Journal Archive > 2002 > February

February People Notes

Julian Agyeman, assistant professor of urban and environmental policy and planning, will be the conference chair for the North American Association for Environmental Education's annual conference at the Boston Park Plaza Hotel August 6-11. He has been invited by the International Council for Local Environmental Initiatives to go to Vancouver, British Columbia, February 28 through March 3 to facilitate discussions about sustainability among local government leaders from the United States and Canada in preparation for the World Summit on Sustainable Development in Johannesburg, South Africa, September 2-11. top

Mahshid Ahrari, a doctoral student in the Program on Food Policy and Applied Nutrition at the Gerald J. and Dorothy R. Friedman School of Nutrition Science and Policy, has been named the first recipient of the American Dietetic Association Foundation's International Nutritionist/Dietitian Fellowship for Study in the U.S.A. She received her M.S. in nutrition sciences from Shahid Beheshti University and her B.S. in nutrition sciences from Al-Zahara University. top

Juan Alonso, professor of Spanish, recently published a new collection of short fiction titled The Chipped Wall and Two Other Stories, an Authors Guild BACKINPRINT.com edition. He also published two essays in the Canadian review Queen's Quarterly—"Speed and the New World Religion" in the fall issue and "Memory and Its Absences" in the winter issue. Alonso has published essays in the last six issues of Queen's Quarterly, with two more scheduled for publication in the future. top

Diana Bailey, associate professor at the Boston School of Occupational Therapy, was scholar-in-residence for spring 2001 at the University of Southern California's Department of Occupational Science and Occupational Therapy. As part of her work there, she conducted research titled "Creating a Home: Lesbian Couples Engaged in Homemaking." She will be presenting portions of the study at the annual conference of the American Association for Occupational Therapy in May and at the World Federation of Occupational Therapy Congress in Stockholm, Sweden, in June. top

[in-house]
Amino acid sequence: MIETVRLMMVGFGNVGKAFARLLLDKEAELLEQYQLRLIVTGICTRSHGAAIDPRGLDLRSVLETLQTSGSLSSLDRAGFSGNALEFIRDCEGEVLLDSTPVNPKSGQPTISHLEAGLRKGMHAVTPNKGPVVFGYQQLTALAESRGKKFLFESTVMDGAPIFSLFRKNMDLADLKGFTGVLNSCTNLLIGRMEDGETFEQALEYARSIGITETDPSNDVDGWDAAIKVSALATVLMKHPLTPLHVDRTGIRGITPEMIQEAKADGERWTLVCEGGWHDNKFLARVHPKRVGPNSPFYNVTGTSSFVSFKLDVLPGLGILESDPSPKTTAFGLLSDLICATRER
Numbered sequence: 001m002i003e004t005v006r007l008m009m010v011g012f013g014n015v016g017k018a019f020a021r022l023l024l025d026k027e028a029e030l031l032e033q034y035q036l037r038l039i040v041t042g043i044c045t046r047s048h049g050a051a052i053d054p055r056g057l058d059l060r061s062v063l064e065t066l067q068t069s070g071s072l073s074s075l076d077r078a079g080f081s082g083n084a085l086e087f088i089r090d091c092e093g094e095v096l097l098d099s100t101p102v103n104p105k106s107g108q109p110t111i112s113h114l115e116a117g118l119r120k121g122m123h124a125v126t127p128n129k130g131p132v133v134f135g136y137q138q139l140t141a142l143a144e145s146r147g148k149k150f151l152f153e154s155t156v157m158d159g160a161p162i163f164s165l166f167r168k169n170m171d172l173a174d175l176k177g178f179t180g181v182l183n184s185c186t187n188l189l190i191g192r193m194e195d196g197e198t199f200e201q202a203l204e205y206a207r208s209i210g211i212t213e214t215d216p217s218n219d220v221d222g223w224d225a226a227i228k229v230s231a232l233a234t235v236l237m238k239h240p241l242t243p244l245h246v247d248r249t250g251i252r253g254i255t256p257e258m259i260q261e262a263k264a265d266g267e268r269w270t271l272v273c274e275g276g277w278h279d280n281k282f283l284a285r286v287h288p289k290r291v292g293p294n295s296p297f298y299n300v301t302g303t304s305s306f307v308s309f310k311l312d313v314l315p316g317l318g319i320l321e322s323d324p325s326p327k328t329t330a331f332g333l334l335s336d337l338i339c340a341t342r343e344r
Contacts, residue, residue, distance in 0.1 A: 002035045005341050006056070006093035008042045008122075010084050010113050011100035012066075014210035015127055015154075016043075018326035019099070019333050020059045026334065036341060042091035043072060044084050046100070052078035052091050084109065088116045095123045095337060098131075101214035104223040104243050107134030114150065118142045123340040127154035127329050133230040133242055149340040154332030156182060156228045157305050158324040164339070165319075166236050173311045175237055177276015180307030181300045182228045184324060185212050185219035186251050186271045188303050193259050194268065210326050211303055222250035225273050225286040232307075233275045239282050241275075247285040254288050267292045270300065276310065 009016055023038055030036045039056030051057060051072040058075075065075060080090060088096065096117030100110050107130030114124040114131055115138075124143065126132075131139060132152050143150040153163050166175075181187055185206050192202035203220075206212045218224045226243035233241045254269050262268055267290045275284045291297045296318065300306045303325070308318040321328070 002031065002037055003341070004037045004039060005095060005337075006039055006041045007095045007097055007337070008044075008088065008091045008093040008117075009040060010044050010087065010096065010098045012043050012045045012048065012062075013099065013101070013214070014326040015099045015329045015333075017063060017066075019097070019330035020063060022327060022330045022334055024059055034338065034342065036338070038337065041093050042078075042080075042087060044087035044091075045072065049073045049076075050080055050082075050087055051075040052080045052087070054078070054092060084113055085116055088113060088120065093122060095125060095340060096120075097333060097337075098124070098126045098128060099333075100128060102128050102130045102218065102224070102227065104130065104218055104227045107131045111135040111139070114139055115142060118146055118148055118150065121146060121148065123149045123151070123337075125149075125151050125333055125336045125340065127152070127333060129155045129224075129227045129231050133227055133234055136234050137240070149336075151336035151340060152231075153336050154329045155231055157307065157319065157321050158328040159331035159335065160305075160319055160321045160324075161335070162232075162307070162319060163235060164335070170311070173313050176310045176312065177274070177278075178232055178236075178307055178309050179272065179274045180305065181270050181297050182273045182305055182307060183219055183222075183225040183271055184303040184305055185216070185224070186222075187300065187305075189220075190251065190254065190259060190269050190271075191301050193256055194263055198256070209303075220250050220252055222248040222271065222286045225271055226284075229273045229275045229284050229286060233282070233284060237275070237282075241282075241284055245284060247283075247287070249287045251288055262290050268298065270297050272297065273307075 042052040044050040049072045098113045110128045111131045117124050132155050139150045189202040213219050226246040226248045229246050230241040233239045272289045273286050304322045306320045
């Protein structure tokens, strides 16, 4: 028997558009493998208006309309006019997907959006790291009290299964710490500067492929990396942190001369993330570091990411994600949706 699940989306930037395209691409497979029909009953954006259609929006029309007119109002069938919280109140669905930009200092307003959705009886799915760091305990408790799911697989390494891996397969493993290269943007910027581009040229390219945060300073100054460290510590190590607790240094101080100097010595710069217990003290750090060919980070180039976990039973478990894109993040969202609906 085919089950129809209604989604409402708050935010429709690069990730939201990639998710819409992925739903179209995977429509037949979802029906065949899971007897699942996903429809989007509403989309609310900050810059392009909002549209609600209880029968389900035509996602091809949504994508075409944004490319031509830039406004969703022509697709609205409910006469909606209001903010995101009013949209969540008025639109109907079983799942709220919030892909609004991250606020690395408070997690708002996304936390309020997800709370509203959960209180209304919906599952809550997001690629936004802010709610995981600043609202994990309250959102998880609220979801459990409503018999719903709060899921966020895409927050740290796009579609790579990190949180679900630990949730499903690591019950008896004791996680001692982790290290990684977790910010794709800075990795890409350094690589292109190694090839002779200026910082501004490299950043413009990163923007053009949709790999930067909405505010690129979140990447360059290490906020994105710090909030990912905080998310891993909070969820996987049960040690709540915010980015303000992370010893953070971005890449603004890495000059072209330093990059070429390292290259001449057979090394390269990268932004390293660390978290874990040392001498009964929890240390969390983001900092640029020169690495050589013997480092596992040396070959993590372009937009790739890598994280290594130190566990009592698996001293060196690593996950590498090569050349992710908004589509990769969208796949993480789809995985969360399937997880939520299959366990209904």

Leena Bitar, D04, has received $2,800 from the University College of Citizenship and Public Service (UCCPS) at Tufts to promote oral health and literacy among children at the Wang YMCA of Chinatown. Last spring, UCCPS granted Justin Mull, D02, $2,400 to raise oral health awareness among low-income second-graders. top

Bruce Boghosian, assistant professor of mathematics, delivered the joint Harvard-MIT-BU theoretical chemistry symposium at MIT on January 9. The title of his talk was "Turbulence and Nonextensive Thermodynamics." top

Dr. Stephen Bookless has been appointed an instructor of oral and maxillofacial surgery at the dental school. top

Sarah Booth has been named director of the Human Nutrition Program at the Friedman School. She will administer the program with the help of a steering committee whose other members are Carmen Castaneda-Sceppa and Lynne Ausman. top

Andrew Camilli, assistant professor of microbiology, is the 2002 winner of the nation's most prestigious award for a young microbiologist. He will use some of the $5,000 award to take his entire laboratory to Salt Lake City in late May to formally accept the Eli Lilly and Co. Award at the American Society of Microbiology's annual assembly. Ralph Isberg, a Howard Hughes investigator also in the microbiology program at Tufts, won the Lilly Award in 1993. Camilli, in his seventh year at Tufts, studies pathogens and how they cause disease at the genetic level. Working with Vibrio cholerae, he has developed new methods to determine which genes of the bacteria are turned on as it makes its way through the digestive track. The research provides information that eventually may lead to more effective cholera vaccines or treatments. top

Nancy Carroll, coordinator of licensure and placement in the education department, is serving on the executive board for the New England Association for Employment in Education (NEAEE), a regional collaborative made up of placement officers from area universities and hiring personnel in public schools. NEAEE offers networking opportunities for pre-service teachers and school psychologists through a series of programs titled "Gearing Up for the Educator's Job Search." The program will take place February 25 at Newton North High School, March 7 at Providence College and March 26 at Springfield College. For more information, visit the web site www.spfldcol.edu/neaee top